Are there no tumbrels?

This year, Pippa Middleton wore a red striped dress to watch the men's singles tennis tournament at Wimbledon. No great powers of research were required to ascertain this fact: the Vancouver Sun ran a gallery of 28 photographs.

This year, Pippa Middleton wore a red striped dress to watch the men’s singles tennis tournament at Wimbledon. No great powers of research were required to ascertain this fact: the Vancouver Sun ran a gallery of 28 photographs, half of Ms. Middleton sitting in the stands not doing much at all, and the other half of tennis players who distinguished themselves, on that day, by the act of being seen by the royal aunty.

Aside from a comely appearance, the famous Pippa is famous for being the sister of the woman who married the man who will one day be king, if his elders get on with dying off. Pippa’s claim to fame is now greater because her sister Kate shimmied her way into and out of some very posh maternity clothes while incubating yet another monarch-in-waiting, Prince George by name.

No explanation was offered as to why the young royals chose to name their child after a smelly pulp-mill town with a reputation for gang wars and crystal meth, but let’s leave that aside for the moment. This July, the government of Quebec joined in the legal challenge of an act of the Canadian Parliament, which changes the rules under which the crown is handed down.

The rules were first changed in England, where the monarchs actually live, and concern such things as gender equality and freedom of religion. If George had been a Georgette, the old rules would have required her to wait for just about every royal male in the U.K. to die off before she could take the throne. Also, should George grow up and decide to marry a Roman Catholic, he will no longer be barred from assuming his kingdom. No word yet on how that will translate if the Roman Catholic in question turns out to be a man.

Should the prince himself at some point in his life turn aside from the Anglican Catholic faith and embrace the Roman one, the picture changes. Roman Catholics are, by ancient tradition, forbidden to rule England. Apparently there were some difficulties, back in the day. This August, the Ontario Superior Court rejected an application by Bryan Teskey, a Roman Catholic Ontario man, to repeal the changes to the Act of Succession on the grounds that they discriminate against his religion.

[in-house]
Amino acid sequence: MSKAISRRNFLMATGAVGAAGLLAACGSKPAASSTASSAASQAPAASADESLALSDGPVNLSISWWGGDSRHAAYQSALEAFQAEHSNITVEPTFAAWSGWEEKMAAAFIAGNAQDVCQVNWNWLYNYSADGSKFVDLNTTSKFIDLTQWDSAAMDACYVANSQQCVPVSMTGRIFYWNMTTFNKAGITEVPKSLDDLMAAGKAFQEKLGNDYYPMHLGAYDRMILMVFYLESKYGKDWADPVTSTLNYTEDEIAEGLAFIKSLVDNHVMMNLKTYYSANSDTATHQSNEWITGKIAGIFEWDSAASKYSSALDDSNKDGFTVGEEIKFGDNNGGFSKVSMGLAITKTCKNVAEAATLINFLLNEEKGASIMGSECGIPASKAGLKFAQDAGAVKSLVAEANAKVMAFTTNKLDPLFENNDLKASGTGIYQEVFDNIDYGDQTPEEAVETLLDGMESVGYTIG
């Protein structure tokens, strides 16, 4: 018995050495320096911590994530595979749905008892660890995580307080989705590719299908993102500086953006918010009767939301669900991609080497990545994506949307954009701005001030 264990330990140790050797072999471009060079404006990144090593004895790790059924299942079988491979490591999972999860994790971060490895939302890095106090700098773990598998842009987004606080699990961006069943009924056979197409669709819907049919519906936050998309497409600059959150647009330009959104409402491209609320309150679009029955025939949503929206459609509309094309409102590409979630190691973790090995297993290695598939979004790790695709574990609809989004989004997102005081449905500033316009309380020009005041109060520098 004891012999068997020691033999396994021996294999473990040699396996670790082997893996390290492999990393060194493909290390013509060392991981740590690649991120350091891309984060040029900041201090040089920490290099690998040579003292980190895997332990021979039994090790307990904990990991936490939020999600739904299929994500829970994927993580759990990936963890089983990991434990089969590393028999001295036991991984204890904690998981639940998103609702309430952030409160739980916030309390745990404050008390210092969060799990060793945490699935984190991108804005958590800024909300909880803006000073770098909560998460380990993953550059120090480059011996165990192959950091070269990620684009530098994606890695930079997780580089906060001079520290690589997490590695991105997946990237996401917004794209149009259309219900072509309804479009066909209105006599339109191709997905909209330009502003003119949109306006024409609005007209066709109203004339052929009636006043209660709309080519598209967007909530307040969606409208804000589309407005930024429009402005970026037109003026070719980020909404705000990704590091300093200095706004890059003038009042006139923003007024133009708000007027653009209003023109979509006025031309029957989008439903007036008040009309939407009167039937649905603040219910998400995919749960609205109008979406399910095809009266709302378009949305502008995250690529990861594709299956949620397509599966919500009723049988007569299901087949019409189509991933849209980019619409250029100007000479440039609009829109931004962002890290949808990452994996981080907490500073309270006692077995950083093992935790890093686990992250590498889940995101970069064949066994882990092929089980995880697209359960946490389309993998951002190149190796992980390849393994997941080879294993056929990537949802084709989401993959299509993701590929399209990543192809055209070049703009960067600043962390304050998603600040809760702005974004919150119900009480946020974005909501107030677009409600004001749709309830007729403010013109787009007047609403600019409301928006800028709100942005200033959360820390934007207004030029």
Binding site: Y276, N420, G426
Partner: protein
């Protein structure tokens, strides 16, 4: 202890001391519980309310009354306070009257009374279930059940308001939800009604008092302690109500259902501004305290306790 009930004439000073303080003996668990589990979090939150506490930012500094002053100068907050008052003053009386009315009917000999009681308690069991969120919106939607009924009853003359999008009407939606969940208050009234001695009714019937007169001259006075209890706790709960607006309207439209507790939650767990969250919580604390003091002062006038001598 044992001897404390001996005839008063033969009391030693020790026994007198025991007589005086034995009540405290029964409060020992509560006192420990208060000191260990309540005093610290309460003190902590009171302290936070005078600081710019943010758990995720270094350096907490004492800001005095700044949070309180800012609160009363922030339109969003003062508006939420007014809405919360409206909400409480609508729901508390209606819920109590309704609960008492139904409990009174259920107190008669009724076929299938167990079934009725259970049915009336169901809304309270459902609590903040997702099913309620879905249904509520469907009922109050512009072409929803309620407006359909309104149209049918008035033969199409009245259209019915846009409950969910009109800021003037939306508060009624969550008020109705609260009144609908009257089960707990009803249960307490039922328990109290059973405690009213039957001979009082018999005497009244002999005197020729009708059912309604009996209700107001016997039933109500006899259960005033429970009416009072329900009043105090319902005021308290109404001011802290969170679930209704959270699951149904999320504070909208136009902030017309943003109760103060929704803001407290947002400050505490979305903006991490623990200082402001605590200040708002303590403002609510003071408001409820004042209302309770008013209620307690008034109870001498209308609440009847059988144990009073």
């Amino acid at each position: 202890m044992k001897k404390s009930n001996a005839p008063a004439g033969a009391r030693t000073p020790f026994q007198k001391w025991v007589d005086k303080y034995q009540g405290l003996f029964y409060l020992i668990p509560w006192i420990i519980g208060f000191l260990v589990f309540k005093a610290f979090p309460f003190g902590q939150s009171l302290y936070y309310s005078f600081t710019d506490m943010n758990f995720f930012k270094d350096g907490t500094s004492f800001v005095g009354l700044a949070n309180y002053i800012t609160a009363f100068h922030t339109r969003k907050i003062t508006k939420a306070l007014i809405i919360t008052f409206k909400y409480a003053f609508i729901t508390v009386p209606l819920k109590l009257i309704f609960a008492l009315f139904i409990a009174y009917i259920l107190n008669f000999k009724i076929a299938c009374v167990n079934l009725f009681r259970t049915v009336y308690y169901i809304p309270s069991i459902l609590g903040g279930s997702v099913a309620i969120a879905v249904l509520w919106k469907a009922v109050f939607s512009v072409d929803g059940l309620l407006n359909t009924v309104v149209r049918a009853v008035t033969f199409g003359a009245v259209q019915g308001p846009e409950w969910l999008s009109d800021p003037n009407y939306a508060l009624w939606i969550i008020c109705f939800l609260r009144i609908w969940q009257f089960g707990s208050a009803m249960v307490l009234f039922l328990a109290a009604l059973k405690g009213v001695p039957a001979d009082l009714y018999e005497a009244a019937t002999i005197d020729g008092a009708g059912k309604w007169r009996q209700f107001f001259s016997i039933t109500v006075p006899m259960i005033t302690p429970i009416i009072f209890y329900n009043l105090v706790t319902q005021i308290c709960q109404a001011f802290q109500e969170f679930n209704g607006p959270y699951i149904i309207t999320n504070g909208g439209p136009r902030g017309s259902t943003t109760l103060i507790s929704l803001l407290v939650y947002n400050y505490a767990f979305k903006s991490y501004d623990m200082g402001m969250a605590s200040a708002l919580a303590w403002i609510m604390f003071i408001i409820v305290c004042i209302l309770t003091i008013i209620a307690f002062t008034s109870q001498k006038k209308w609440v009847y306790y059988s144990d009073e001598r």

Mr. Teskey’s claim was rejected, not on its merits, but because as a commoner, he had “no legal standing” in the matter. Having no possibility of inheriting the throne, he had no right to sue over the constitutionality of the rules governing succession. According to the Ottawa Citizen, Teskey has put his own nascent law career on hold in order to pursue an appeal in this case.

A word of utterly unqualified – in both senses of the word – advice for Mr. Teskey. Refocus. True, it’s a clear violation of the Charter of Rights and Freedoms that you can’t be King or Queen of Canada because you’re Catholic, but the problem runs a little deeper than that. Hanging on the gate at Buckingham Palace is a large sign that reads, “no Canadians need apply,” and rest assured, it doesn’t refer to butlers, footmen, or maids.

There’s nothing in the Constitution that says our head of state has to be a foreigner, it’s just the way things are. No Canadian is ever going to occupy that throne. Wouldn’t that make a great constitutional challenge? Picture the headlines: Supreme Court Rules Succession Law Discriminates Against Everybody.

And it’s not only native-born Canadians who have no chance of ascending our country’s throne (although we don’t actually have a throne, that’s in England too). In fact, the Act of Succession, though it no longer discriminates against women or the spouses of Catholics, still bars entry to all but the inbred descendants of a gang of mad despots who would outshine some of the worst dictators in the world today.

If you can’t trace your lineage to a brutal ruler who poisoned his enemies and burned people alive for disagreeing with him over questions of religious practice, don’t bother to drop off your resume, the position of monarch will never be open to you. This is no laughing matter in a world where celebrity is the brightest of all the shining prizes.

Consider Miley Cyrus. A song and dance artist whose ambition outstrips her talent, Cyrus is without royal connections, and so in order to achieve stardom is reduced to spicing up her performances with pornography. She might get photographed at Wimbledon if she shows up nude and twerks a ball boy, but she will never know the kind of easy fame that falls upon the relatives of royalty.

Not only does Middleton’s royal-connected status guarantee that she will be photographed at fashionable sporting events, it brought her a 400,000-pound advance from Penguin for her book on party planning. All she ever had to do to attract the world’s attention was show up at her sister’s wedding with a bum that looks good in a designer bridesmaid’s dress.

No amount of tinkering will bring the monarchy into the 21st century. It is a vestige of a darker time, when England was Syria, only worse. If you want fairness and equality of opportunity, call out the tumbrels. Failing that, choose the successor to the throne by a lottery covering the entire population of the Commonwealth. Canada has better things to do than perfect a bill of rights for princesses.

Al Pope won the Canadian Community Newspaper Award for best columnist in 2013. He also won the Ma Murray Award for Best Columnist in B.C./Yukon in 2010 and 2002.

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